Piper Grosswendt ’11 graduated from Bowdoin three years ago, but her busy schedule working as an artist in Washington, D.C. makes her feel like she never left. 

“I’m always doing something, like when you’re in college,” said Grosswendt. “I still feel that motivation and pressure.” 

Grosswendt is a creative assistant at Honfleur Gallery, Vivid Solutions Gallery and Anacostia Arts Center, where her day-to-day responsibilities include working with artists and managing art exhibitions. She also curated a show of contemporary art titled “Primary Urges” at Honfleur Gallery. 

“[My job] is basically doing everything it takes to put on art exhibitions six times per year,” said Grosswendt.

“At the art center, I do some exhibition coordinating, but also a lot of work with people who rent the space for music and theater or dance performances. That has given me more art management skills,” she added.

In her free time, she rents a studio so she can work on her own art.

Grosswendt was editor-in-chief of the Orient during her senior year and anticipated that she would go into journalism upon graduation. 

“I had no intentions of being as active in art as I am now,” she said.

She spent a brief period working as a communications intern at the Phillips Collection, a modern art museum in Washington, D.C., where she realized that journalism just was not her true passion.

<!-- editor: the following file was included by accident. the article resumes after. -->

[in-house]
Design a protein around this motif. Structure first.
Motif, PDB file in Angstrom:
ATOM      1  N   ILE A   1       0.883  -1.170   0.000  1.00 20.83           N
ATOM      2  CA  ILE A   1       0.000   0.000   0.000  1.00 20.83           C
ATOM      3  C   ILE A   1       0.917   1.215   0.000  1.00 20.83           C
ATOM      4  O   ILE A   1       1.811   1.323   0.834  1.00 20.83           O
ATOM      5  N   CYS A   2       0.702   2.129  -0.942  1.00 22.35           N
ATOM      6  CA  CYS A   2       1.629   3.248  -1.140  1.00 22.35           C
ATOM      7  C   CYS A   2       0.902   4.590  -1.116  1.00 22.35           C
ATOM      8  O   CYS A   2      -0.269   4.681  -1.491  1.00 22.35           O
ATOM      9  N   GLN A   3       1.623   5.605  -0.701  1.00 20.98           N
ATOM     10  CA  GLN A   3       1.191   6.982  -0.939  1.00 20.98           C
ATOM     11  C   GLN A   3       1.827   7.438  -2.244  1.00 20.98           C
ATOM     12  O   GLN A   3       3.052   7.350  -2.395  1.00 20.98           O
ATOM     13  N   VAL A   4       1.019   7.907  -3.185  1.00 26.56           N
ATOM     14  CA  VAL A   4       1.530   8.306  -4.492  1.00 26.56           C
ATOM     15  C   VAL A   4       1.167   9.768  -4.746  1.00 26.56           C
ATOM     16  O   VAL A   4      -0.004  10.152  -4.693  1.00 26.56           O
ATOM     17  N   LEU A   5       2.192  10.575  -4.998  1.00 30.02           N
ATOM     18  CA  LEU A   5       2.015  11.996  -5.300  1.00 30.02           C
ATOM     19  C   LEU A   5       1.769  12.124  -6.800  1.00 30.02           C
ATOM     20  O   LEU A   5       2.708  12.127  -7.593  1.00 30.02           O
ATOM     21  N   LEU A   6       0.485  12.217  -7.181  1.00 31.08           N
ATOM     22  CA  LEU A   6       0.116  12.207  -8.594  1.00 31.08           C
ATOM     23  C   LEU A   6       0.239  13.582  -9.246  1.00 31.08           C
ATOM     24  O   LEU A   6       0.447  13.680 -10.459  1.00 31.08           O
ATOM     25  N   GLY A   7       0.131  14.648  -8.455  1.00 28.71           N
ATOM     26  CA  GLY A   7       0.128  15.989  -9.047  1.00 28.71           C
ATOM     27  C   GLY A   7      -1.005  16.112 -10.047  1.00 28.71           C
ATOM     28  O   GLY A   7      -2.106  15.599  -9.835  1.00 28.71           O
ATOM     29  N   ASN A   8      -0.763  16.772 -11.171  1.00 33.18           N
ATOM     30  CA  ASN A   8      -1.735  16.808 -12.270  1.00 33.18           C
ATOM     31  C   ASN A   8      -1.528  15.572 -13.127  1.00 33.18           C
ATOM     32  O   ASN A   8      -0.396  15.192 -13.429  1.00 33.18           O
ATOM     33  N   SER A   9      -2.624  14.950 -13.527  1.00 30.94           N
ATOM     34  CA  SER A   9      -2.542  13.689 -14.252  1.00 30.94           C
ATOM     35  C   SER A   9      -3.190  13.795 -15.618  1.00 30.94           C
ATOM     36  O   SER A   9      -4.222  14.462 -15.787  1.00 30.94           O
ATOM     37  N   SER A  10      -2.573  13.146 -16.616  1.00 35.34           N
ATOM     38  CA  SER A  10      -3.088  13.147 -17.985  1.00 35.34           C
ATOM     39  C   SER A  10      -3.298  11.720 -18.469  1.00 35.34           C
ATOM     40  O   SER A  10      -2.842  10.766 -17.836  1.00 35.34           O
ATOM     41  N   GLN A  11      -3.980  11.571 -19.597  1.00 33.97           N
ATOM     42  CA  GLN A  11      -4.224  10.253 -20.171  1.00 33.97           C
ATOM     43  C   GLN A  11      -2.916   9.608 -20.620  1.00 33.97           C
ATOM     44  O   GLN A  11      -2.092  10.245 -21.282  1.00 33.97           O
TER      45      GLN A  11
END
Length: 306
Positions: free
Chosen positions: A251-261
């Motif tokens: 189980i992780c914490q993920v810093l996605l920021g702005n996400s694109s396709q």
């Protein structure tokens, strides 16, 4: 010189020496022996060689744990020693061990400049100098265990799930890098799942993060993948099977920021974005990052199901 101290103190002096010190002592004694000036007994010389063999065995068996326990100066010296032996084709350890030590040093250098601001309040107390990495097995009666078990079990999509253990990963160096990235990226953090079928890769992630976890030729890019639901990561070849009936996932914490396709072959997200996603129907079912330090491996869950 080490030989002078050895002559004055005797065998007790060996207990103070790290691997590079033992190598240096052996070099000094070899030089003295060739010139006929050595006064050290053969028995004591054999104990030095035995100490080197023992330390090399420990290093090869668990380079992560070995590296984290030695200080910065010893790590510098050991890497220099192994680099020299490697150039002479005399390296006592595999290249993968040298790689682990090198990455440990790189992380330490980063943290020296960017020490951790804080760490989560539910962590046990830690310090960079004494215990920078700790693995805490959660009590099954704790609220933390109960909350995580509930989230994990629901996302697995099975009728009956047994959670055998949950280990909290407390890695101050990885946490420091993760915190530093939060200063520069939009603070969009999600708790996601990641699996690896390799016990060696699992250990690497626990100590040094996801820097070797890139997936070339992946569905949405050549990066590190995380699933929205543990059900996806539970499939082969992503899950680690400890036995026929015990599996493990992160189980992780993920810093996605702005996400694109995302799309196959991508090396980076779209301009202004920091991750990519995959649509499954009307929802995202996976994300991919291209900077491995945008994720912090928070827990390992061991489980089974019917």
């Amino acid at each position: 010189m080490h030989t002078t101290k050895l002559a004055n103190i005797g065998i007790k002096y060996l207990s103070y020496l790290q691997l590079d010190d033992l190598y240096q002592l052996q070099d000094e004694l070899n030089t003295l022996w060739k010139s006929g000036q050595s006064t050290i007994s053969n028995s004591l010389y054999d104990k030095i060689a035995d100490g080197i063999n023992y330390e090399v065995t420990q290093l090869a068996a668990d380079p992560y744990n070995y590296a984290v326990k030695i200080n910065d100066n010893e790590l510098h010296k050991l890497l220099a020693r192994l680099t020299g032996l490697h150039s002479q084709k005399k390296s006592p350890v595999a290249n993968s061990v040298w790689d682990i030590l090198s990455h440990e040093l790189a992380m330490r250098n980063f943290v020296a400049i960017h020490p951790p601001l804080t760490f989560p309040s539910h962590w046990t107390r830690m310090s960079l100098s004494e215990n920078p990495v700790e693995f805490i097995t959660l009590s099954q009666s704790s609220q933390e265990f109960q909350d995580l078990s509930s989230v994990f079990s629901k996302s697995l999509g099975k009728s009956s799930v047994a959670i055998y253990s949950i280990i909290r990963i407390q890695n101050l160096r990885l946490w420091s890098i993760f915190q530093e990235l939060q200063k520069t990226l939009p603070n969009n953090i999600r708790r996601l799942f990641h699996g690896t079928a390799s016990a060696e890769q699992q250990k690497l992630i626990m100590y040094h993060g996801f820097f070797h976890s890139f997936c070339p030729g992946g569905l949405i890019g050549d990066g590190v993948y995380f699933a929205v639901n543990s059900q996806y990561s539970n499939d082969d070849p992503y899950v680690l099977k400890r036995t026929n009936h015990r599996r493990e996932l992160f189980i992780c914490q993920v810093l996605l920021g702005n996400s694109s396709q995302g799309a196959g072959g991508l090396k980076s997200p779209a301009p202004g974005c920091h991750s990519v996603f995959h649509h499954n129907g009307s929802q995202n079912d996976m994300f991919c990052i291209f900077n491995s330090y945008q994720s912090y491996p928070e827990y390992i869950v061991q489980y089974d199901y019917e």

Though she ended up taking a different route, she said that her work as a journalist prepared her for her career. 

“The skills that are most directly transferred [to the real world]...I gained at the Orient, not in the classroom,” said Grosswendt. “I found it very helpful to be in contact with people who were not immersed in academia—calling the police station in Brunswick, or going door-to-door talking to neighbors.”

At Bowdoin, Grosswendt was a double major in English and visual arts, although she didn’t take her first visual arts class until the spring of her first year. 

“Professors [at Bowdoin] make the art classes really vigorous, intellectual and cohesive. The learning environment really got me excited about the department,” she said.

Grosswendt felt that skills she learned in visual arts classes prepared her for life after graduation without being too career-focused. 

“[The classes] helped with professional development: photographing your work, figuring out how to explain your work to someone [unfamiliar with it] in an efficient way,” said Grosswendt. “But I think appropriately the focus, or at least how I took it, was to make and develop artwork.”

Grosswendt took the Senior Studio class, taught by A. LeRoy Greason Professor of Art Mark Wethli in the fall and Associate Professor of Photography Michael Kolster in the spring, which brought in local gallery owners and artists. 

“That [was] really valuable, just to be taken seriously by people who weren’t professors, as an artist,” she said. 

In the spring after her junior year, Grosswendt received a McKee Photography Grant which she used to fund a project that transferred her photographs of buildings around Brunswick onto printmaking plates. 

Grosswendt plans on going to graduate school to get a Masters of Fine Arts in either painting or art therapy. 

“I kind of graduated thinking I would have some office administrative job and I’m really glad I don’t,” she said.